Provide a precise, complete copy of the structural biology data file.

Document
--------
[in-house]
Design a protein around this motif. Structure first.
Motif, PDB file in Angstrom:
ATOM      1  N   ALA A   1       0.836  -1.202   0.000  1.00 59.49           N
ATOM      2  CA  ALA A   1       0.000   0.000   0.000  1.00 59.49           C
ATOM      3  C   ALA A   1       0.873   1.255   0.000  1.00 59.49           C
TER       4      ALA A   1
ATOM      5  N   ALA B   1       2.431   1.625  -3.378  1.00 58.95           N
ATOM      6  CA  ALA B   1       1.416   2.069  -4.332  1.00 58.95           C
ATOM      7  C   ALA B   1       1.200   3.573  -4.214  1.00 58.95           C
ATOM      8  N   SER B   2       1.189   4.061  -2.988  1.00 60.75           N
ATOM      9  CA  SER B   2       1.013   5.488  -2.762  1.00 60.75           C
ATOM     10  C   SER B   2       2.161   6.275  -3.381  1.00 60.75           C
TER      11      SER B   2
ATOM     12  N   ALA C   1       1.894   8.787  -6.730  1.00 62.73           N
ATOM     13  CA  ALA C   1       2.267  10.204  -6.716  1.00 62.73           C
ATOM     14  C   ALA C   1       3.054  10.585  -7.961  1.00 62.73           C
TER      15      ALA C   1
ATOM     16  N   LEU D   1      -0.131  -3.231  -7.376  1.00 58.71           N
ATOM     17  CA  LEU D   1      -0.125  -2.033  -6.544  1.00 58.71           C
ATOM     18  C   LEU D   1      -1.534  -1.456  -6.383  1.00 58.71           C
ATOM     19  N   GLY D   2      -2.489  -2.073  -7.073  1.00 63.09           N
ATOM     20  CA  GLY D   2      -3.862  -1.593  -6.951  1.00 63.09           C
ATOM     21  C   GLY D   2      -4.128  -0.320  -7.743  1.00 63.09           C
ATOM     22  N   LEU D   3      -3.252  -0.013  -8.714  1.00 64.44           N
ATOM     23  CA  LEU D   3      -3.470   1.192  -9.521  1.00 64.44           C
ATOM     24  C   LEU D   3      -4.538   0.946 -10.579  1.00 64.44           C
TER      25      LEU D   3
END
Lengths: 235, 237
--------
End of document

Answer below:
[in-house]
Design a protein around this motif. Structure first.
Motif, PDB file in Angstrom:
ATOM      1  N   ALA A   1       0.836  -1.202   0.000  1.00 59.49           N
ATOM      2  CA  ALA A   1       0.000   0.000   0.000  1.00 59.49           C
ATOM      3  C   ALA A   1       0.873   1.255   0.000  1.00 59.49           C
TER       4      ALA A   1
ATOM      5  N   ALA B   1       2.431   1.625  -3.378  1.00 58.95           N
ATOM      6  CA  ALA B   1       1.416   2.069  -4.332  1.00 58.95           C
ATOM      7  C   ALA B   1       1.200   3.573  -4.214  1.00 58.95           C
ATOM      8  N   SER B   2       1.189   4.061  -2.988  1.00 60.75           N
ATOM      9  CA  SER B   2       1.013   5.488  -2.762  1.00 60.75           C
ATOM     10  C   SER B   2       2.161   6.275  -3.381  1.00 60.75           C
TER      11      SER B   2
ATOM     12  N   ALA C   1       1.894   8.787  -6.730  1.00 62.73           N
ATOM     13  CA  ALA C   1       2.267  10.204  -6.716  1.00 62.73           C
ATOM     14  C   ALA C   1       3.054  10.585  -7.961  1.00 62.73           C
TER      15      ALA C   1
ATOM     16  N   LEU D   1      -0.131  -3.231  -7.376  1.00 58.71           N
ATOM     17  CA  LEU D   1      -0.125  -2.033  -6.544  1.00 58.71           C
ATOM     18  C   LEU D   1      -1.534  -1.456  -6.383  1.00 58.71           C
ATOM     19  N   GLY D   2      -2.489  -2.073  -7.073  1.00 63.09           N
ATOM     20  CA  GLY D   2      -3.862  -1.593  -6.951  1.00 63.09           C
ATOM     21  C   GLY D   2      -4.128  -0.320  -7.743  1.00 63.09           C
ATOM     22  N   LEU D   3      -3.252  -0.013  -8.714  1.00 64.44           N
ATOM     23  CA  LEU D   3      -3.470   1.192  -9.521  1.00 64.44           C
ATOM     24  C   LEU D   3      -4.538   0.946 -10.579  1.00 64.44           C
TER      25      LEU D   3
END
Lengths: 235, 237